In order to make the North African Collection accessible to researchers, we invited Professor Moshe Bar- Asher, who was born in Morocco and is one of the most knowledgeable scholars in the world on the subject, to help with the translation of the documents and with organizing the collection. Professor Bar-Asher is President of the National Academy of the Hebrew Language and Bialik Professor Emeritus of Hebrew Language at the Hebrew University of Jerusalem. We are grateful for his assistance and guidance.
The Yale library received the documents over a period of many years and thus in no particular system of organization. Professor Bar-Asher suggested that we divide them into series according to geographic location. Some of the larger communities have been further subdivided so as to bring together documents related to important figures or centers. Within each category the documents are arranged by a repository assigned identification number. Please see introductory notes to each series for further explanation.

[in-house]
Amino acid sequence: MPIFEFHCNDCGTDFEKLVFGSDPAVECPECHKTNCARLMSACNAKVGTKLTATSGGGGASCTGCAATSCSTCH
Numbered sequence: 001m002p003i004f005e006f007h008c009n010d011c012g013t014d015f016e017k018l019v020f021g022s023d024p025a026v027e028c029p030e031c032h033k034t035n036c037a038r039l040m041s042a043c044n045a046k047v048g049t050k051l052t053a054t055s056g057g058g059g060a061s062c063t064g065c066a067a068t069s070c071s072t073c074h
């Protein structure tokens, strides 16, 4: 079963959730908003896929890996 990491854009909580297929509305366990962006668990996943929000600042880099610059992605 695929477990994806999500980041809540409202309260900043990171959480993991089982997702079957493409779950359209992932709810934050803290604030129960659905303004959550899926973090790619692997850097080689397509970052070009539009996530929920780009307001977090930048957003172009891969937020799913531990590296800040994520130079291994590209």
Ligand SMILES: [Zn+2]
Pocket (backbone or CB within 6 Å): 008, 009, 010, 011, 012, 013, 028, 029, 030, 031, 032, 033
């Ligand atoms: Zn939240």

- Abi-Ḥasira, Jacob ben Masoud, 1808-1880
- Abiṭbol, ʻAmor, 1782-1854
- Amulets (Judaism) -- Africa, North
- Attar, Judah ben Jacob ibn, 1655-1733
- Ben Nayim, Yosef, 1882-1962
- Berdugo, Petaḥyah Mordekhai, 1764-1820
- Berdugo, Refaʼel, 1747-1821
- Berdugo, Yaʻaḳov, -1901
- Corcos, Yeshuʻah, 1832-1929
- Divorce -- Religious aspects -- Judaism
- Folk religion -- Africa, North
- Hakhmon, Yissakhar, 1872-1960
- Ibn Danan, Shelomoh, 1848-1929
- Ibn Ẓur, Jacob ben Reuben, 1673-1752
- Jewish sermons -- Africa, North